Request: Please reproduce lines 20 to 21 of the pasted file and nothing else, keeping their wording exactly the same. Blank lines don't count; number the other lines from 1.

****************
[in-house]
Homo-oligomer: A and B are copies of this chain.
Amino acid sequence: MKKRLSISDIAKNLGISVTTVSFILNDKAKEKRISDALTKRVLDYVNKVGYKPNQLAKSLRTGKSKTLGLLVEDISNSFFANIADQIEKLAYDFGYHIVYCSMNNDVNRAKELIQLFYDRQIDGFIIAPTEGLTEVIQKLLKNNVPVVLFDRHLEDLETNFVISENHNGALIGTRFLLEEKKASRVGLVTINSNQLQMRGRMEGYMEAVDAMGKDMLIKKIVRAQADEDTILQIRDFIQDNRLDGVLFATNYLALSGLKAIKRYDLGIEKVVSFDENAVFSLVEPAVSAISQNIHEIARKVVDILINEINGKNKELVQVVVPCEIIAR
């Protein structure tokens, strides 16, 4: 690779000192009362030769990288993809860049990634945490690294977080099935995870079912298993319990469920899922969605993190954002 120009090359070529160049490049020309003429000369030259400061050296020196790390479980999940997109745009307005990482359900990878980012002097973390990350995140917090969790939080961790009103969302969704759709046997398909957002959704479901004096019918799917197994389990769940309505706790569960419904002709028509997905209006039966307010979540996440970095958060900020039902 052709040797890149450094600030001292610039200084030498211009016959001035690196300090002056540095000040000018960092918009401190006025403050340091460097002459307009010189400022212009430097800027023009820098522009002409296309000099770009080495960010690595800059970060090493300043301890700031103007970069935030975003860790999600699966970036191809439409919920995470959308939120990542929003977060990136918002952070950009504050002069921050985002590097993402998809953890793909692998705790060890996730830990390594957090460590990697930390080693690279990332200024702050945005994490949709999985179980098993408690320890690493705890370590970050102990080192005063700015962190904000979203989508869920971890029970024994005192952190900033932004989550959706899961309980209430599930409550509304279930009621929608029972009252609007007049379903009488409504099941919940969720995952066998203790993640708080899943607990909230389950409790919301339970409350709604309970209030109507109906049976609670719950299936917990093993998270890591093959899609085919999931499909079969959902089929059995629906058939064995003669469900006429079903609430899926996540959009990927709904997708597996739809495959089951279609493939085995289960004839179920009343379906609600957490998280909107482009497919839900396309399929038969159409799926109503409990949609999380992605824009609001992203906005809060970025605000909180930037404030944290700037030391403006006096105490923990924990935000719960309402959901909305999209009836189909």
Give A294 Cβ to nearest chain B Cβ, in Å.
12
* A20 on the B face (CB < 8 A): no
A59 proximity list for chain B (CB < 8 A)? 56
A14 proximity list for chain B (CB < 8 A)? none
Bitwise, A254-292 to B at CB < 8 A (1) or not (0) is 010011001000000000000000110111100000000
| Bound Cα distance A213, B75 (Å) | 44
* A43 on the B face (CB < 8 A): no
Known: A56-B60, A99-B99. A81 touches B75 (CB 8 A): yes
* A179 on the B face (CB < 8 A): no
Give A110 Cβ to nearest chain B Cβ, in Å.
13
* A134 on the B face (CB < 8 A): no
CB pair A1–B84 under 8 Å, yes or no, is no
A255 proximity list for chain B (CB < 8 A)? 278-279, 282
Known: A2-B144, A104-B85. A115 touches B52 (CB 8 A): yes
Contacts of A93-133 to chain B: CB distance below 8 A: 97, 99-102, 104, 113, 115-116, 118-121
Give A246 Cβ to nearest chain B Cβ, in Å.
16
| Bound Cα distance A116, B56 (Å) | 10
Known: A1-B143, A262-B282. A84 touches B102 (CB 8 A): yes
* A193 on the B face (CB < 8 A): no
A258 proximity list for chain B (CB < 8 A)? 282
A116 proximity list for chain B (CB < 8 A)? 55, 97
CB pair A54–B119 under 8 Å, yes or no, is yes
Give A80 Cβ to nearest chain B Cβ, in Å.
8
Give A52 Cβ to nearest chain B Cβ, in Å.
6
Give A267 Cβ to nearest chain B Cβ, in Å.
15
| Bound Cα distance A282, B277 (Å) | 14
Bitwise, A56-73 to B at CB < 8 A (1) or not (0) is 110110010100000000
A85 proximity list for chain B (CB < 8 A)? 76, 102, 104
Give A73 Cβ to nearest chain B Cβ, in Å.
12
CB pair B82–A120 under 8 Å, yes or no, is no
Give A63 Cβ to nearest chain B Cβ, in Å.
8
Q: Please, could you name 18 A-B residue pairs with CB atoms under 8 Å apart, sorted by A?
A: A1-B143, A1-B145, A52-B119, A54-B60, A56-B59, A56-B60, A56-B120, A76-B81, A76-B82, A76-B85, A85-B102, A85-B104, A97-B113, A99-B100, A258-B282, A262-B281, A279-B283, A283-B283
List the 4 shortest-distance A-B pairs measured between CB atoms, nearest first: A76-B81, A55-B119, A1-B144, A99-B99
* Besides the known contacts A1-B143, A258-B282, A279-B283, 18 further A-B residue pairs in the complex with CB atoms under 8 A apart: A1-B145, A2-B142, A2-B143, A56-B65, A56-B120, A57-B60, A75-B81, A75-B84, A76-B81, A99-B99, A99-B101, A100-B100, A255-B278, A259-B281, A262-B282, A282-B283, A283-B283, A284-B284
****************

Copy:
Known: A2-B144, A104-B85. A115 touches B52 (CB 8 A): yes
Contacts of A93-133 to chain B: CB distance below 8 A: 97, 99-102, 104, 113, 115-116, 118-121